e-prevention and risk reduction in festive environments. Know more, risk less


Chlamydia is a bacterium, Chlamydia Trachomatis, that causes chlamydia infection.

It is very widespread, to the point that it ranks number one in the IST rankings!


During unprotected oral sex or anal sex, but also by simple contact with an infected mucous membrane. Chlamydia can spread all over the body, for example from sex to the eye by hand transmission, causing conjunctivitis.

Know more, risk less

What are the symptoms?
This infection is most often asymptomatic. If there are symptoms, they appear between a few days and a few weeks after contamination: burns when urinating, stomach aches, sometimes pus discharge from the head of the penis. Chlamydia can also infect the anus – this is manifested by LGV (Lymphogranuloma Venereum) – or the throat.
If left untreated, the infection may degenerate and spread to the testicles and the prostate.

Can this be cured?
Yes, thanks to a very effective antibiotic treatment.

Where and when to consult?
Regularly, especially if you have many partners, as part of a sexual health check-up, because you may be infected without your knowing. Chlamydia screening is based on an analysis of your urine. A sample can also be taken from the anus or throat depending on the infection site. You can consult with your doctor, go to a specialized health center, a screening center or a Checkpoint1.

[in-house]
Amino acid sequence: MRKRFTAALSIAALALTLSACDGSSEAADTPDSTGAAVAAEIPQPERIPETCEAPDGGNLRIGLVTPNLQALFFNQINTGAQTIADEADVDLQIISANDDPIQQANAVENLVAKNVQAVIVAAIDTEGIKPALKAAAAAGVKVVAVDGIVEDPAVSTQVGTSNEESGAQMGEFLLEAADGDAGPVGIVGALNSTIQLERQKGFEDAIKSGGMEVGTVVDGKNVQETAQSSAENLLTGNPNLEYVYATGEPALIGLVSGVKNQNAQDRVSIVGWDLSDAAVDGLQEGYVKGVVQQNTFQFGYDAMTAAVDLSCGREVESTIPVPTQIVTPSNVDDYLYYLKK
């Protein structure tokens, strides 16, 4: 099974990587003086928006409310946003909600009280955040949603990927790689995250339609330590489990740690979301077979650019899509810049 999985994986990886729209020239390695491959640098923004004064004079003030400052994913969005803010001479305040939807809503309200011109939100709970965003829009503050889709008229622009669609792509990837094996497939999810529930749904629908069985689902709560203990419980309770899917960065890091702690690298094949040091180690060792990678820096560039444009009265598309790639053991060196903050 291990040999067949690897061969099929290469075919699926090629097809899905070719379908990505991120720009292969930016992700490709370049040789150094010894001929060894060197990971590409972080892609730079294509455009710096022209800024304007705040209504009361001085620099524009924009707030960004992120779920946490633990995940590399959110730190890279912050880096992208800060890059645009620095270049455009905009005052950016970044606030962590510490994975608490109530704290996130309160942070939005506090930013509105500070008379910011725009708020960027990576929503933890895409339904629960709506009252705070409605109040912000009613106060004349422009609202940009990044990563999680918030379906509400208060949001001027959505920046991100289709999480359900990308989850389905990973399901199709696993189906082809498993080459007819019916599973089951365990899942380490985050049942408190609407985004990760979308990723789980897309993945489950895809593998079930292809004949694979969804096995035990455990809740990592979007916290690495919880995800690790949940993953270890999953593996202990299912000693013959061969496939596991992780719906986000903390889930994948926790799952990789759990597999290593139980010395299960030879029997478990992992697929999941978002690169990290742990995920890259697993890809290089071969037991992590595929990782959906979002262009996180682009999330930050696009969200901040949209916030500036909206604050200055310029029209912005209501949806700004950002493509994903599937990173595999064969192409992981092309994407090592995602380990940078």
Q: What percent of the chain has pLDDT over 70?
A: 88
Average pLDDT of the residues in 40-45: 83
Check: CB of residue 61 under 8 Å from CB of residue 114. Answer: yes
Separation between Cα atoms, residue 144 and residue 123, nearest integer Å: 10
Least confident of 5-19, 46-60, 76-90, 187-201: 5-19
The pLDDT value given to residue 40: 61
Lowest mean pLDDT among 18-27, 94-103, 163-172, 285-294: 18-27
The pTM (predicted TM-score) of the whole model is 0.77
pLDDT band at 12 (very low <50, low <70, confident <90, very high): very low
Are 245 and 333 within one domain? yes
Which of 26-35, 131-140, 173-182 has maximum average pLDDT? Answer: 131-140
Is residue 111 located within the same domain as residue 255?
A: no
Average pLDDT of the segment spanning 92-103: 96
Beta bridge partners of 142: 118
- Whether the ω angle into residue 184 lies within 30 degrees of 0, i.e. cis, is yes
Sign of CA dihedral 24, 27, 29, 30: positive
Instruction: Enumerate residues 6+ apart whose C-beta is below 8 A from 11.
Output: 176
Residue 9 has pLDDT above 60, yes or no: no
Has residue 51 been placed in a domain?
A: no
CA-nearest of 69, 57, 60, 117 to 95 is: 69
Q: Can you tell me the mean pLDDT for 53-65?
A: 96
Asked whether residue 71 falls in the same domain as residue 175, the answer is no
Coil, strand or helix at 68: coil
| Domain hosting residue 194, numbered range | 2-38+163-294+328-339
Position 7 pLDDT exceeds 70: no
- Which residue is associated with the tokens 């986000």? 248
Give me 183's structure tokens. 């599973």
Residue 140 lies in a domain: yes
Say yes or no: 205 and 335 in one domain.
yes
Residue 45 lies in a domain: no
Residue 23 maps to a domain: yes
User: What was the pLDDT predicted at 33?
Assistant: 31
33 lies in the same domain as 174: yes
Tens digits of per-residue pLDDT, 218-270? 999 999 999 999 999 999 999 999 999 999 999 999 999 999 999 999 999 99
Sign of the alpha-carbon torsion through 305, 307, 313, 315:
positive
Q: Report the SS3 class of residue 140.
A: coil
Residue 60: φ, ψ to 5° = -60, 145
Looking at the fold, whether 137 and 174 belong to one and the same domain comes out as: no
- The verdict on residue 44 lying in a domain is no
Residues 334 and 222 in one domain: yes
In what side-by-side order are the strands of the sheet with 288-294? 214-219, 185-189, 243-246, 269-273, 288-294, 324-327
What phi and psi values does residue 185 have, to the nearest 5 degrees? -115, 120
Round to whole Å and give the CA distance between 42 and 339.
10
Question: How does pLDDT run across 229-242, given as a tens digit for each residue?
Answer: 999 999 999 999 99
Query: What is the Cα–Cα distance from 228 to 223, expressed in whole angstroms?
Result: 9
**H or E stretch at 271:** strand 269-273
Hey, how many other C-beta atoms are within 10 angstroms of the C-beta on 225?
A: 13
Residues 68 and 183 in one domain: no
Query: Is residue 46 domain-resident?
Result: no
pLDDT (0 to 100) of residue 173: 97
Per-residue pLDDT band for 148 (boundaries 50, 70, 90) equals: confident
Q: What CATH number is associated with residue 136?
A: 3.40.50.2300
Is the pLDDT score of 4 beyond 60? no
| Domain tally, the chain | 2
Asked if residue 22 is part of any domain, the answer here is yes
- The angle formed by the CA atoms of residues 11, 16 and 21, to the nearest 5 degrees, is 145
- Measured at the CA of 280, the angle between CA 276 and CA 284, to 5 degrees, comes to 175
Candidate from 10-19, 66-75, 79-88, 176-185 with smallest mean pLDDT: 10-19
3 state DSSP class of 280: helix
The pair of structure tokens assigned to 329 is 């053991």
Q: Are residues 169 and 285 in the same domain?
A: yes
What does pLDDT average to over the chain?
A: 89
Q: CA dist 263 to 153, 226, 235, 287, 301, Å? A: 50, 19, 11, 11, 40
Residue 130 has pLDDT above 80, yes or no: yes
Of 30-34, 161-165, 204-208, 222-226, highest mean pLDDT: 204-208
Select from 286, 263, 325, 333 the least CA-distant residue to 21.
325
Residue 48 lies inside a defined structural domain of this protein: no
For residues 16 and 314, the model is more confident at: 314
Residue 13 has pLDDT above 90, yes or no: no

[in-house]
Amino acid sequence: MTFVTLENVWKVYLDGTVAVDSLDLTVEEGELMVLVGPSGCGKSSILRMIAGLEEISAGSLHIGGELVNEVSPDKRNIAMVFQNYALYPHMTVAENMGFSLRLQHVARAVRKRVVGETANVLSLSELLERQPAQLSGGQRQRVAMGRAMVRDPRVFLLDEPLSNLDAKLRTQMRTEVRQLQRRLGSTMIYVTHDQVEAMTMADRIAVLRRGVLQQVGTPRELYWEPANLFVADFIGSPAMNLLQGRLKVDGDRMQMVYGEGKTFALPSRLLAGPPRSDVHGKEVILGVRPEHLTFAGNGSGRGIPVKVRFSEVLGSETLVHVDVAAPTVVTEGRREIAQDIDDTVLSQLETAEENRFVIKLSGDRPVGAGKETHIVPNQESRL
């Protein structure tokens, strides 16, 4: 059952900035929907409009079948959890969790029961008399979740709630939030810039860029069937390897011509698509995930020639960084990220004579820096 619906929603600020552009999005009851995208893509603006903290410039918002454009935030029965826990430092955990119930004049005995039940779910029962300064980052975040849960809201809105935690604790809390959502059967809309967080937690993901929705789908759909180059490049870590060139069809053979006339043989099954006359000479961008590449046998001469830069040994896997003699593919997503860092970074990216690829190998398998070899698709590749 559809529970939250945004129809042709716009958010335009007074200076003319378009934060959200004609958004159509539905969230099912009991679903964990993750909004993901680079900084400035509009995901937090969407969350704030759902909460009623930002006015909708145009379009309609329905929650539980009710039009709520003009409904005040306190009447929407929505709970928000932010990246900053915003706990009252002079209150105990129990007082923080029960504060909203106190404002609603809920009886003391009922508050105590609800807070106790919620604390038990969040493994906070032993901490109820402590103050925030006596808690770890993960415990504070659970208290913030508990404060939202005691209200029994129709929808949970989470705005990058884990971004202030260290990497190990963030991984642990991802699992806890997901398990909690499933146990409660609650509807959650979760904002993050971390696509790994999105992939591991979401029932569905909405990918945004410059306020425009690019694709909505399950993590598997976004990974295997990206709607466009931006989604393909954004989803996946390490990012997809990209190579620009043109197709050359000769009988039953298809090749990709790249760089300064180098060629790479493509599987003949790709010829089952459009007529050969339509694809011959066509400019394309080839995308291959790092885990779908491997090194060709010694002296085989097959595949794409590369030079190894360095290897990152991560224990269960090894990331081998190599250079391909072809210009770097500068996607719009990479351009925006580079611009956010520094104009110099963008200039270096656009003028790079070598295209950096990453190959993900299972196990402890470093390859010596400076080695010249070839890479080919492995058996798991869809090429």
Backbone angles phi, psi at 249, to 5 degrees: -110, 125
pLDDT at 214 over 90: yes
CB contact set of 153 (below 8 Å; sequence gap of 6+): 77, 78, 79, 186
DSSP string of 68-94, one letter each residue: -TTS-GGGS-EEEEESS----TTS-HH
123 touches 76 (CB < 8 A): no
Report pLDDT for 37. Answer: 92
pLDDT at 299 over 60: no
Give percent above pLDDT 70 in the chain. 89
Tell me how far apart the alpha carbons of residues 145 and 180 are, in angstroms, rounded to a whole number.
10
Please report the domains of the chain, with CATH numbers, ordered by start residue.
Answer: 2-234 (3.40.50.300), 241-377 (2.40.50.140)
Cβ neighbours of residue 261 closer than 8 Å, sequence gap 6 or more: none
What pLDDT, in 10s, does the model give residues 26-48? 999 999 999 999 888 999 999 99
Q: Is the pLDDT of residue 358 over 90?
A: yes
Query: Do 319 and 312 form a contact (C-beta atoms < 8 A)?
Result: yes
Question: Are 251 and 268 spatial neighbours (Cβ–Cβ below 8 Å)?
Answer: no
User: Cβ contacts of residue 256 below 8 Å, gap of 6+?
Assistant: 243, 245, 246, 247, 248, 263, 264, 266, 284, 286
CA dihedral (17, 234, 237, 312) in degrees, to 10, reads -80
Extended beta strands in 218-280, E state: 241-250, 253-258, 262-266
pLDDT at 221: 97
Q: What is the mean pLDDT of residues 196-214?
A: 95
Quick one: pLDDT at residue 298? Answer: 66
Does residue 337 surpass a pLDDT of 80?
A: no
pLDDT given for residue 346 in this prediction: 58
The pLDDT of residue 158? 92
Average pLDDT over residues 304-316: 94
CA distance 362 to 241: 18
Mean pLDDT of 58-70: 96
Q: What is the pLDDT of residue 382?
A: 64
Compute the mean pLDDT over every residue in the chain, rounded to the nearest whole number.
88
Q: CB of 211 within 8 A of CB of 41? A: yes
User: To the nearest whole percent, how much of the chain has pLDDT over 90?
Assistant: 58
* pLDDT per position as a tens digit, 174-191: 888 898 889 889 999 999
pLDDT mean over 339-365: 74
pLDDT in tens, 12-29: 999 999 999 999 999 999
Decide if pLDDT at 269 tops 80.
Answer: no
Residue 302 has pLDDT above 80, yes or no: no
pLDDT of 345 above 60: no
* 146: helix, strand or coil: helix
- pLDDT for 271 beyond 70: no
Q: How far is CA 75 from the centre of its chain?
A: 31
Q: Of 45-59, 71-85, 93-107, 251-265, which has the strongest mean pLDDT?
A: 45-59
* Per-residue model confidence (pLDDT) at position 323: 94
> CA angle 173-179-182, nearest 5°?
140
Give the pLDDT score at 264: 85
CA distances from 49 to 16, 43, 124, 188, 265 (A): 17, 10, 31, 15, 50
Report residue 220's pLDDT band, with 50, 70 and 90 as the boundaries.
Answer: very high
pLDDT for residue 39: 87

How to prevent chlamydia with oral sex?
During your treatment, avoid blowjobs. While a condom remains the best protection against the risk of chlamydia transmission, it does not protect the entire contaminating area. Notifying your partners will allow them to be treated as well and will prevent you from becoming infected again.


1 Checkpoint: Quick-screening service by Kiosque association (01 44 78 00 00)

In partnership with
• In any case call or have somebody call 112 or 15 (in France)
• if the person is conscious :
- keep him/her awake by talking to her.
• if the person is uncounscious : undo his/her tight clothes, check if he/she’s breathing and put him/her in recovery position
• stay with him/her until emergency services arrive and inquire about the location of a defibrillator